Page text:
Page 29 - Volume 6 - Issue 1 - DBU Journal for K-12 Educational Leadership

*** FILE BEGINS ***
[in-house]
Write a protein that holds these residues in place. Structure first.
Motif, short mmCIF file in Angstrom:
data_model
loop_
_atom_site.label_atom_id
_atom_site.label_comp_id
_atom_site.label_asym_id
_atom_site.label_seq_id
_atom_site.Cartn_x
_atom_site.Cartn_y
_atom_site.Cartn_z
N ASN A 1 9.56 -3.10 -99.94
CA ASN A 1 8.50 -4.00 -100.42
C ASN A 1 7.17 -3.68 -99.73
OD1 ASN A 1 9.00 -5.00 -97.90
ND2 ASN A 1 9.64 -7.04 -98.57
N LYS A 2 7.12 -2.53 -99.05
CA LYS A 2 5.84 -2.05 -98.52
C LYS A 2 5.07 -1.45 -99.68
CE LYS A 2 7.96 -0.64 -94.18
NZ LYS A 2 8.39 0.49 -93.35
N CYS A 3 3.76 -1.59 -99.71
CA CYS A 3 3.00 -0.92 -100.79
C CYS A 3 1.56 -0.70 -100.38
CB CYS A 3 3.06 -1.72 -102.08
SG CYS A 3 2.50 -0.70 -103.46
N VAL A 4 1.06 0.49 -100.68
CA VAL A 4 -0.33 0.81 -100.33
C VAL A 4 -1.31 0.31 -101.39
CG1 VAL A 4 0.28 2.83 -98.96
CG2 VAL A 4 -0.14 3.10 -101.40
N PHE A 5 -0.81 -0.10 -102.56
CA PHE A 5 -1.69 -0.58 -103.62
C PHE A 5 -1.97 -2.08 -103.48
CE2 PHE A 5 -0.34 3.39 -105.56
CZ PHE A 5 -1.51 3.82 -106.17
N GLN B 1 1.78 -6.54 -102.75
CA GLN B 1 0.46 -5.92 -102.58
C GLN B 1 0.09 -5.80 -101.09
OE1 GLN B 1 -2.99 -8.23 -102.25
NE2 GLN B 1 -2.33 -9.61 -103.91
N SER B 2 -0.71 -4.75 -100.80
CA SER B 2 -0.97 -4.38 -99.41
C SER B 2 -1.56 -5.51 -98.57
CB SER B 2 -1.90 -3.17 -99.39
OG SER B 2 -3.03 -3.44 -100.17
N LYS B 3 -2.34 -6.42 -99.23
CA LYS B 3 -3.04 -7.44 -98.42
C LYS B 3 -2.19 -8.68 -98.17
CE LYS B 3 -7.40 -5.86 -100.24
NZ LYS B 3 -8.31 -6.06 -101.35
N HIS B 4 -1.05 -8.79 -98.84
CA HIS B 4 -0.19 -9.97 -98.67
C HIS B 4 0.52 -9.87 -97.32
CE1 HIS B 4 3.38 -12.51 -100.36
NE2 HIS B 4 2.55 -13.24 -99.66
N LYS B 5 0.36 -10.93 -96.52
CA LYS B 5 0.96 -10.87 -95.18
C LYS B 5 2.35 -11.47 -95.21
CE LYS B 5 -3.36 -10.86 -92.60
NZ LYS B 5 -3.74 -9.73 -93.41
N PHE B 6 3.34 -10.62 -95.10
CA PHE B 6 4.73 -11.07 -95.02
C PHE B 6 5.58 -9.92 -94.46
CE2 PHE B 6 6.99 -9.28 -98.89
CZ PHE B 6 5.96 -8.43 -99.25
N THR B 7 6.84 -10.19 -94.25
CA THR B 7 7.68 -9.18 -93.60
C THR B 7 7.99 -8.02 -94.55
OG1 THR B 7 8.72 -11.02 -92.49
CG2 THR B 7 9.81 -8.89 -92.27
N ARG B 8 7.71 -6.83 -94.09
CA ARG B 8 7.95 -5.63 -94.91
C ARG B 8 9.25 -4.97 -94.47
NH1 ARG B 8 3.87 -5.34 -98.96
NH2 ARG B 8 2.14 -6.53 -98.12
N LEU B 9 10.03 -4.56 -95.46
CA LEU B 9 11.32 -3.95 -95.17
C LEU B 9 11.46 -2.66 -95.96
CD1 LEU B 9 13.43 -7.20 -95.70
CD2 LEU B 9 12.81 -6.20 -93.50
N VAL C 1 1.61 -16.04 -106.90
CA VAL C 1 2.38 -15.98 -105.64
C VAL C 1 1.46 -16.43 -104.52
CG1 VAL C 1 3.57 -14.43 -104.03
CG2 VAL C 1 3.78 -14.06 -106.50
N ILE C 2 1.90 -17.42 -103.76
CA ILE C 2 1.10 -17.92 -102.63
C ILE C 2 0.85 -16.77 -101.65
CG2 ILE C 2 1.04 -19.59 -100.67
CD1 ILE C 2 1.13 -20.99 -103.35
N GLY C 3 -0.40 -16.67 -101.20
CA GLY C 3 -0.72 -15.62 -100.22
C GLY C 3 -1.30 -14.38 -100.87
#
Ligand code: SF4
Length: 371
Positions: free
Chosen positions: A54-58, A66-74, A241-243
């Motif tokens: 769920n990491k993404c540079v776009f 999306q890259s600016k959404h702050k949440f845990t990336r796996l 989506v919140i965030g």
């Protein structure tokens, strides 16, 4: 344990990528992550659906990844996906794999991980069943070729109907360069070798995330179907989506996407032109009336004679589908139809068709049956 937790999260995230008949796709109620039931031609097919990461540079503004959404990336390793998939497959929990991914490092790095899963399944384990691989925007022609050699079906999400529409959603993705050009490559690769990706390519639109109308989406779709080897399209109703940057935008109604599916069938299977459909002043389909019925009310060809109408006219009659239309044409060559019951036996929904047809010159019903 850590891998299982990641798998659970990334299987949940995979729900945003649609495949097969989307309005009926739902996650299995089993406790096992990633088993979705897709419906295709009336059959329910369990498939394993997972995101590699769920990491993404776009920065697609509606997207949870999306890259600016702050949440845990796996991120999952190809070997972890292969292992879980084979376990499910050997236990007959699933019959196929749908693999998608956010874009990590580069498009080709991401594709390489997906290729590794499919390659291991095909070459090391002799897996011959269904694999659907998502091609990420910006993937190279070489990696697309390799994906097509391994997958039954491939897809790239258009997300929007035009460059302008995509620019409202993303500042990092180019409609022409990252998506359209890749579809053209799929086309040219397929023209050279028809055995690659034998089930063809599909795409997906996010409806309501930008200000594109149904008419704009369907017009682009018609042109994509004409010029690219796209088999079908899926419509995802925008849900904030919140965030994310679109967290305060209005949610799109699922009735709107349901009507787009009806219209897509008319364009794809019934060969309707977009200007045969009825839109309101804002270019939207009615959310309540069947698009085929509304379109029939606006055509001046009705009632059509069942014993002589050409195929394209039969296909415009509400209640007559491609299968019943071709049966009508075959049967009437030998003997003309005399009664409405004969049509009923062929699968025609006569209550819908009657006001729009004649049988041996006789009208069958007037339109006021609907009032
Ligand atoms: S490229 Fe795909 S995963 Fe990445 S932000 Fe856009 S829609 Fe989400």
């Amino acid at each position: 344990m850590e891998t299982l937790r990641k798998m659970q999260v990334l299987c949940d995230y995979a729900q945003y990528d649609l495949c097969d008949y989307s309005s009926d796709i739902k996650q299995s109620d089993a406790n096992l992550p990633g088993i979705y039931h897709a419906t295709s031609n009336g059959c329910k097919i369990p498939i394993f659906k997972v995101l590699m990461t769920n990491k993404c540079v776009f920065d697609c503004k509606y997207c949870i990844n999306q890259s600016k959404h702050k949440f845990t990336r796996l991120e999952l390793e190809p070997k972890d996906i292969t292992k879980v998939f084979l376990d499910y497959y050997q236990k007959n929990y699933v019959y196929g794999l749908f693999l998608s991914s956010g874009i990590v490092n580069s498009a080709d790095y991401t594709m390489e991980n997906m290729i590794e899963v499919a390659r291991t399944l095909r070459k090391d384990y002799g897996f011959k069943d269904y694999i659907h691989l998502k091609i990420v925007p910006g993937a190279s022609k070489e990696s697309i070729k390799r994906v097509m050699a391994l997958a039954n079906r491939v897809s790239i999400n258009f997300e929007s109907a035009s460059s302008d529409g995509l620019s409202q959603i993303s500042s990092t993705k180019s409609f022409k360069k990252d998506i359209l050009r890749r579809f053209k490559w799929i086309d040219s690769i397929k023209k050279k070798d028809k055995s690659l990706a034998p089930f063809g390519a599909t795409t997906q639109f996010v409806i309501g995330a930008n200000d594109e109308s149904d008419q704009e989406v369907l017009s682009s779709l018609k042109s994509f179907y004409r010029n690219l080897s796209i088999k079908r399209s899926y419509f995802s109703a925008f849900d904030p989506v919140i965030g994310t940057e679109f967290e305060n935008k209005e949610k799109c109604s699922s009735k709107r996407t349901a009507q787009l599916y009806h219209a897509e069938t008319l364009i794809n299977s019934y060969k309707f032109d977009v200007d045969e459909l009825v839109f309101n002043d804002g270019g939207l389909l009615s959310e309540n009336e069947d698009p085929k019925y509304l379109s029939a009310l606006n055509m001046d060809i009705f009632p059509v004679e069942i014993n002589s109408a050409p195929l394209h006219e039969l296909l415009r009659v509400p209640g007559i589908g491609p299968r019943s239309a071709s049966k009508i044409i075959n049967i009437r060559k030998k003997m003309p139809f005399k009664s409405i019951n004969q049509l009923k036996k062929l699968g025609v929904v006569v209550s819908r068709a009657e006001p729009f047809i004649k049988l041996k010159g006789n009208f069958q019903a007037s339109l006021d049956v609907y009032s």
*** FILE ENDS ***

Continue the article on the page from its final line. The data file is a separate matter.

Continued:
Journal of K-12 Educational Research 27 The mean scores for Learning Experiences were lower for schools in the innovative model than those for School Connectedness and this difference was also further explored in the qualitative interviews of the current study. Additionally, the standard deviation for the Learning Experiences score was lower, SD = .23 than that for School Connectedness, SD = .25. For both the Learning Experiences scores and School Connectedness, there is consistency across schools with both dimensions despite the age of the schools. Since the null hypotheses were not rejected, and there is no relationship evident between School Connectedness or Learning Experiences and time in the model, what is found instead is that results vary for different schools at different points in time. Despite the lack of relationship, it should be observed that in the data set, the lowest recorded scores for any of the schools, in either School Connectedness or Learning Experiences, happen between Years 5-8. The principals interviewed for the qualitative study represent schools in Years 5-12 in the innovative model and can provide some context or explanation for why this may be the case. While there was not a correlation, either positive or negative, based on age of school in the model, other outcomes had to be considered for interpretation to understand if scores overall indicated a high or a low level of mission adherence at the innovative model school. In the case of School Connectedness, relatively high agreement was shown in the student responses for the 70 schools in the current study. School Connectedness scores for 20172018 had a mean of 3.1 on a scale of 4, and a standard deviation of .25. For Learning Experiences, the mean score was 2.68 on a scale of 4 with a standard deviation of .23. Learning Experiences as intended in the model are not as successful as School Connectedness but still overall present. Research Question 2 (RQ2) What are principal perceptions and experiences of their selection and transition to becoming the principal of an innovative model school? A total of 12 principals of mature schools were interviewed about their perceptions of what happens in innovative model schools as they age, how principals are selected to lead them, and what actions are taken by the principal and their staff to sustain the model over time. Mature schools are those schools in the model that are in their fourth year or beyond, because those schools have persisted beyond their initial contract with the national organization of the innovative model. The study was phenomenological in basis because it collected the perspectives of principals to provide an in-depth understanding of how leadership and mission adherence happen in innovative model schools over time. RQ2 asked about two parts to the innovative model principal’s job transition: their interview or selection process and their transition period, meaning the beginning phase of their principalship at their school. While some studies have codified the transition period to mean the first 90 days of a principal’s tenure (Horvath, 2007), the questions related to transition did not define that period and left it up to the interpretation of the individual principal answering the question. Results about these two phases of the principalship were reported separately because they were seen as two distinct phases in the responses of the principals. The results for RQ2 were examined for two groups separately as it was evident that founding principals had different experiences of hiring and opening their schools than successor principals had in their hiring and transitions. Founding principals selected the innovative model for themselves to lead and were granted that opportunity through the work and time they invested in researching and opening the schools. Founding principals did not cite implementation dips or difficulties with upholding the mission of their organization over time. Difficulties mentioned by founding principals stem from changes in district level administration or as a result of resource constraints. The answers provided by successor principals regarding their experiences of becoming innovative model principals can be divided into two sets of data: data regarding their hiring process and data regarding the transition period as principal. Of the nine successor principals, seven of them came from within the school district in which they now